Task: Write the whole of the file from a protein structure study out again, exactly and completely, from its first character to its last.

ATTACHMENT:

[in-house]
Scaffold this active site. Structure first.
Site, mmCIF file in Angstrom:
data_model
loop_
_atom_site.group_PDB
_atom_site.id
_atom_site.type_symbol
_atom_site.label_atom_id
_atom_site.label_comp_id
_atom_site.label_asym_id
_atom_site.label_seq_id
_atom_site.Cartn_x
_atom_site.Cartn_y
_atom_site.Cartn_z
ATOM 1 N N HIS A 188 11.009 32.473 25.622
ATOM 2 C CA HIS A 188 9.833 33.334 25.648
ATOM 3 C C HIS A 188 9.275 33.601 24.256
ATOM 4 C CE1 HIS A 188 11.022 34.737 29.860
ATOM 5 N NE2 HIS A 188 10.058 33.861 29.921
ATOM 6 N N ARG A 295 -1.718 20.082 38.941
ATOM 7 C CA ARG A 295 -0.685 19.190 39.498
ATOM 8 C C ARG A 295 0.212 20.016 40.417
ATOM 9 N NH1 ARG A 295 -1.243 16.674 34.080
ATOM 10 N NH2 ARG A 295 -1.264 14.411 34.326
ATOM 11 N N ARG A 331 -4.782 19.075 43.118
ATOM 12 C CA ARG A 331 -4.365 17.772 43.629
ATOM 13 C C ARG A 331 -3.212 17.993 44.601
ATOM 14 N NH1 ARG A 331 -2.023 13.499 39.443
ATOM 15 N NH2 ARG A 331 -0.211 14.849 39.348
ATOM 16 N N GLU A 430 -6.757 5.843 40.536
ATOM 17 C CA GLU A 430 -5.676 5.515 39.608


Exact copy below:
[in-house]
Scaffold this active site. Structure first.
Site, mmCIF file in Angstrom:
data_model
loop_
_atom_site.group_PDB
_atom_site.id
_atom_site.type_symbol
_atom_site.label_atom_id
_atom_site.label_comp_id
_atom_site.label_asym_id
_atom_site.label_seq_id
_atom_site.Cartn_x
_atom_site.Cartn_y
_atom_site.Cartn_z
ATOM 1 N N HIS A 188 11.009 32.473 25.622
ATOM 2 C CA HIS A 188 9.833 33.334 25.648
ATOM 3 C C HIS A 188 9.275 33.601 24.256
ATOM 4 C CE1 HIS A 188 11.022 34.737 29.860
ATOM 5 N NE2 HIS A 188 10.058 33.861 29.921
ATOM 6 N N ARG A 295 -1.718 20.082 38.941
ATOM 7 C CA ARG A 295 -0.685 19.190 39.498
ATOM 8 C C ARG A 295 0.212 20.016 40.417
ATOM 9 N NH1 ARG A 295 -1.243 16.674 34.080
ATOM 10 N NH2 ARG A 295 -1.264 14.411 34.326
ATOM 11 N N ARG A 331 -4.782 19.075 43.118
ATOM 12 C CA ARG A 331 -4.365 17.772 43.629
ATOM 13 C C ARG A 331 -3.212 17.993 44.601
ATOM 14 N NH1 ARG A 331 -2.023 13.499 39.443
ATOM 15 N NH2 ARG A 331 -0.211 14.849 39.348
ATOM 16 N N GLU A 430 -6.757 5.843 40.536
ATOM 17 C CA GLU A 430 -5.676 5.515 39.608